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Salary

Average Salary: $49,690

Expected Lifetime Earnings: $2,074,000


 
Maybe we shouldn't have spent $100,000 on the trees. (Source)

This is the theatre. You're either making bank on Broadway, or you're the other 99% (and even when you're on Broadway it's still not great). Most theatre companies don't make money off their ticket sales and are dependent on the kindness of strangers. 

Even commercial productions are fraught with failure, as only twenty percent of Broadway shows make their money back (source). Producers pass on this problematic financial model to their employees (a.k.a. you), which often means they need to get paid back before you see a cent.

Early in their careers, directors will often work for free (or if they're lucky a small stipend, which usually covers about half a tank of gas) (source). 

However, once they start working consistently on a professional level, most will join SDC, the Society of Stage Directors and Choreographers (yes, directors are put in the same category as people who wear tights professionally). This is the Director's Union and will ensure a director is paid appropriately and receives health benefits if working regularly.

At the union level, directors should not be making less than $500 per week, although exceptions can be made if the directors want to invest their time developing a show that will make them money later.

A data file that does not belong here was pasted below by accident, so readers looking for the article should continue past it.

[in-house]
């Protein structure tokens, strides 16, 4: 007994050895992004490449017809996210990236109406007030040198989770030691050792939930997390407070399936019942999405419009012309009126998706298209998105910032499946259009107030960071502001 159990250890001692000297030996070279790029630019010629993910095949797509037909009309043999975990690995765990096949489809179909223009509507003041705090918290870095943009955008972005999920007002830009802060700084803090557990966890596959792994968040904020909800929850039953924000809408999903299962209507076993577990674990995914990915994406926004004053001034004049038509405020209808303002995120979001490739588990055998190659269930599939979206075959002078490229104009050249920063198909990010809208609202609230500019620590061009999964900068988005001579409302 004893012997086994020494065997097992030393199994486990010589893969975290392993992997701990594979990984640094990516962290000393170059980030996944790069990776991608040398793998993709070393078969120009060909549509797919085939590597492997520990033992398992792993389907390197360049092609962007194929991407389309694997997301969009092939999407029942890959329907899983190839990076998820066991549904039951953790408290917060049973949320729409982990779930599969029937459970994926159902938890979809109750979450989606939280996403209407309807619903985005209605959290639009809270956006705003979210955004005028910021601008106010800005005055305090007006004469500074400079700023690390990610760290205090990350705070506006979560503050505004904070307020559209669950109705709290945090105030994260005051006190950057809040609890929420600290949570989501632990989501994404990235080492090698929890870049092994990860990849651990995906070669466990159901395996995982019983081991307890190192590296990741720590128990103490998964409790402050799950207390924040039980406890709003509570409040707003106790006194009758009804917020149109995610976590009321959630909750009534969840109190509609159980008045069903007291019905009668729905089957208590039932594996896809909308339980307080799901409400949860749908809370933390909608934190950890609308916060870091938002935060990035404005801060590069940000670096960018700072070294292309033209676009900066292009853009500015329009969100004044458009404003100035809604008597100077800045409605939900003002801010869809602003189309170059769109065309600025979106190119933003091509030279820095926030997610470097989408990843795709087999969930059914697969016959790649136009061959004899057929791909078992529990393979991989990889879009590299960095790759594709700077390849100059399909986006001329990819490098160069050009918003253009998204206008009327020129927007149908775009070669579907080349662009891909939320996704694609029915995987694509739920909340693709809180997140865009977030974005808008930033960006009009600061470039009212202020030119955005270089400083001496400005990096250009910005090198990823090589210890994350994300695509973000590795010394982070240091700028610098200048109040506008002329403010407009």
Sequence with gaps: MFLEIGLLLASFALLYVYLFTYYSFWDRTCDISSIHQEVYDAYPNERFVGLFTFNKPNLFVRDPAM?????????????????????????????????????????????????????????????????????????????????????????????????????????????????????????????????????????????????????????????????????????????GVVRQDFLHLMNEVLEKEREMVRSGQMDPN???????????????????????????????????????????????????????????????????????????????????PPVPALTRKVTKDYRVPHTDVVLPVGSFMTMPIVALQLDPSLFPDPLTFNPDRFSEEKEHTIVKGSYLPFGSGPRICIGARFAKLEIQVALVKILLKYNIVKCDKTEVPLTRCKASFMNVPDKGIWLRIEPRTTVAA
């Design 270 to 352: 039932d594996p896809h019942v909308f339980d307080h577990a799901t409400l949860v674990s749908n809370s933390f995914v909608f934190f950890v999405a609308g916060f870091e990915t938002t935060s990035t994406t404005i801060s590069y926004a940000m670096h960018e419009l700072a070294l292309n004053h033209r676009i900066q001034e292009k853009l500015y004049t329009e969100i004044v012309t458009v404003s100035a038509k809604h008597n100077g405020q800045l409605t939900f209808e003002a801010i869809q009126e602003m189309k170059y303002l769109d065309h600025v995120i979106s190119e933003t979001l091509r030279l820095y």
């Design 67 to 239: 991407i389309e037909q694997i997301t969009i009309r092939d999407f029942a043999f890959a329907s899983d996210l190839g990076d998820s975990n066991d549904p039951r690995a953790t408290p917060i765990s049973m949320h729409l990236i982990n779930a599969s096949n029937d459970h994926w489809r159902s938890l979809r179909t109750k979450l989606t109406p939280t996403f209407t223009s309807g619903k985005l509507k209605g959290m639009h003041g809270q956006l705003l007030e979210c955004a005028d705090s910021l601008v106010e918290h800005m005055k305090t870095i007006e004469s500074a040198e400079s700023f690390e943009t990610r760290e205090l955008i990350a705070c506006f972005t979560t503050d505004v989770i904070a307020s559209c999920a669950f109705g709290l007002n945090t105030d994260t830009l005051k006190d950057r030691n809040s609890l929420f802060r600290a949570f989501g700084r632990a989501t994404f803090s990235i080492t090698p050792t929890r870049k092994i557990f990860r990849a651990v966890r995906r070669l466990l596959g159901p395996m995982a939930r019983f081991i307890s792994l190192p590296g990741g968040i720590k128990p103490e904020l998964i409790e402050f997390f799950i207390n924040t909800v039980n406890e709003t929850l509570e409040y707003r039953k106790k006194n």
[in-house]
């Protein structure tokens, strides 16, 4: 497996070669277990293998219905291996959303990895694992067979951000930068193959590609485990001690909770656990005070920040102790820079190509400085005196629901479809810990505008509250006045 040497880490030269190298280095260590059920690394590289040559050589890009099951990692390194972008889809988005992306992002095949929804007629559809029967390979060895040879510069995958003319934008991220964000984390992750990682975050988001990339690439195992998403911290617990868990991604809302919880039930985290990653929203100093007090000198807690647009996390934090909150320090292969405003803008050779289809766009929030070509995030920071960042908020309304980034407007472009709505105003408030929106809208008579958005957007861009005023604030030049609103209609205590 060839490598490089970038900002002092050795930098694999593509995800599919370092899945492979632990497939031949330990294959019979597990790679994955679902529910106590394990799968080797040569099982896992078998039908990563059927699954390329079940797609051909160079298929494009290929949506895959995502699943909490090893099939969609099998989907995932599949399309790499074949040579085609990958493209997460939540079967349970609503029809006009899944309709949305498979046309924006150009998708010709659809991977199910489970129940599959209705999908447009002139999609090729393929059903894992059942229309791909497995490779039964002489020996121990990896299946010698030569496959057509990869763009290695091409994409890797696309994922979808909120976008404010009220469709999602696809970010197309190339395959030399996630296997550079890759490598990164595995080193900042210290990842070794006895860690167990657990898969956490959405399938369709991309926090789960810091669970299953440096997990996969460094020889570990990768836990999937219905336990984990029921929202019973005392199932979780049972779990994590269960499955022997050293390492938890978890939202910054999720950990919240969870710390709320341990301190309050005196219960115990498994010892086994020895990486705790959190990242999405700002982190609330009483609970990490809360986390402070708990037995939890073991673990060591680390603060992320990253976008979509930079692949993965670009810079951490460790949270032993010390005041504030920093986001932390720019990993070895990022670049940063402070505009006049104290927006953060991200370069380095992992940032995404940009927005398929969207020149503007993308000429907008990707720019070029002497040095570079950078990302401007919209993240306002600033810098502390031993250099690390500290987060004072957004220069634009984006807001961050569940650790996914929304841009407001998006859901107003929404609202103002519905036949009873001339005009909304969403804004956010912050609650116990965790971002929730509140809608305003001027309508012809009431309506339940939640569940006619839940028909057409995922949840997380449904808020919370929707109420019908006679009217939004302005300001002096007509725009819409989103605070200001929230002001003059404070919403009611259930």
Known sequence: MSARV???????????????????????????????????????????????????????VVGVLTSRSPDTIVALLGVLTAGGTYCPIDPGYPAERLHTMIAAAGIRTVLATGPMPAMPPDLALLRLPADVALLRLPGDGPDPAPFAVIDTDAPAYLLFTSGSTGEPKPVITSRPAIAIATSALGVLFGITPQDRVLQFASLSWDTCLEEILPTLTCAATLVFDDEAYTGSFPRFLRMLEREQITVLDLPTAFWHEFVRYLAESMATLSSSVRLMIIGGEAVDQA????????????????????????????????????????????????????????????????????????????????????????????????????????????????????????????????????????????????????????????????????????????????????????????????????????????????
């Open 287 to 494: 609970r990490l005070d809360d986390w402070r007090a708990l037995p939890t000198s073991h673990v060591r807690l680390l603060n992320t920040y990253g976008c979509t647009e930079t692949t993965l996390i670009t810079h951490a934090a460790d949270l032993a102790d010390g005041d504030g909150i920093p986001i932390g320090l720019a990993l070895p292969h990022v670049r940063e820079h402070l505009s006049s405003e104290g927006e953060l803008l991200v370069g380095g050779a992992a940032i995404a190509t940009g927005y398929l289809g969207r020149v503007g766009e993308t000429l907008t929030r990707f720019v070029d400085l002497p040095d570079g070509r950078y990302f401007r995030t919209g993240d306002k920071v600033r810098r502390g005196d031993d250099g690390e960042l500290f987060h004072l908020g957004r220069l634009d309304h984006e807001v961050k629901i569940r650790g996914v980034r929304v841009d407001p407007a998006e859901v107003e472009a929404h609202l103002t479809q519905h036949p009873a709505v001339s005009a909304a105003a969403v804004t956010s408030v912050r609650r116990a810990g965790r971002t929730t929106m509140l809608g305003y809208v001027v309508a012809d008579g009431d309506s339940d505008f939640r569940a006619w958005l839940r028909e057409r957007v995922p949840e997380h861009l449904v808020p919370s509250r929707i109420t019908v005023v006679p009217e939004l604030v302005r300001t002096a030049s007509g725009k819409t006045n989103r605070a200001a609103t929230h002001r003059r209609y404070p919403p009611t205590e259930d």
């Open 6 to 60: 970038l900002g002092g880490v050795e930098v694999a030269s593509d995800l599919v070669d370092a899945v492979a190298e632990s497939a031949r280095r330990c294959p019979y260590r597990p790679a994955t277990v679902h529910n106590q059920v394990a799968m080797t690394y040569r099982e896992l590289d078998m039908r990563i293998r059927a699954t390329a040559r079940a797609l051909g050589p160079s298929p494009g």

It just goes up from there. For a typical four-week rehearsal process at a recognized regional theatre, a fee of $5,000-$20,000 can be expected (depending on the size of the house). 

Remember that this has to cover pre-production, all those hours spent pulling out eyebrow hairs one at a time while considering if Ophelia's dress should be peach or salmon. This fee must also cover all the time spent sitting on a couch that smells like tears, waiting for the phone to ring with another job.

By the time you're directing on Broadway, you should expect to be making ten times this amount, or $50,000 and up per production. This usually happens regardless of a show's success, because by the time the show is opened (and suddenly closed), you've moved on to the next one.

The other route you can take is to become an Artistic Director of a theatre and hire yourself. Then you can direct until you die. Literally. This job involves a lot of administration and fundraising (read: 101 ways to butter people up) that may or may not appeal to you.

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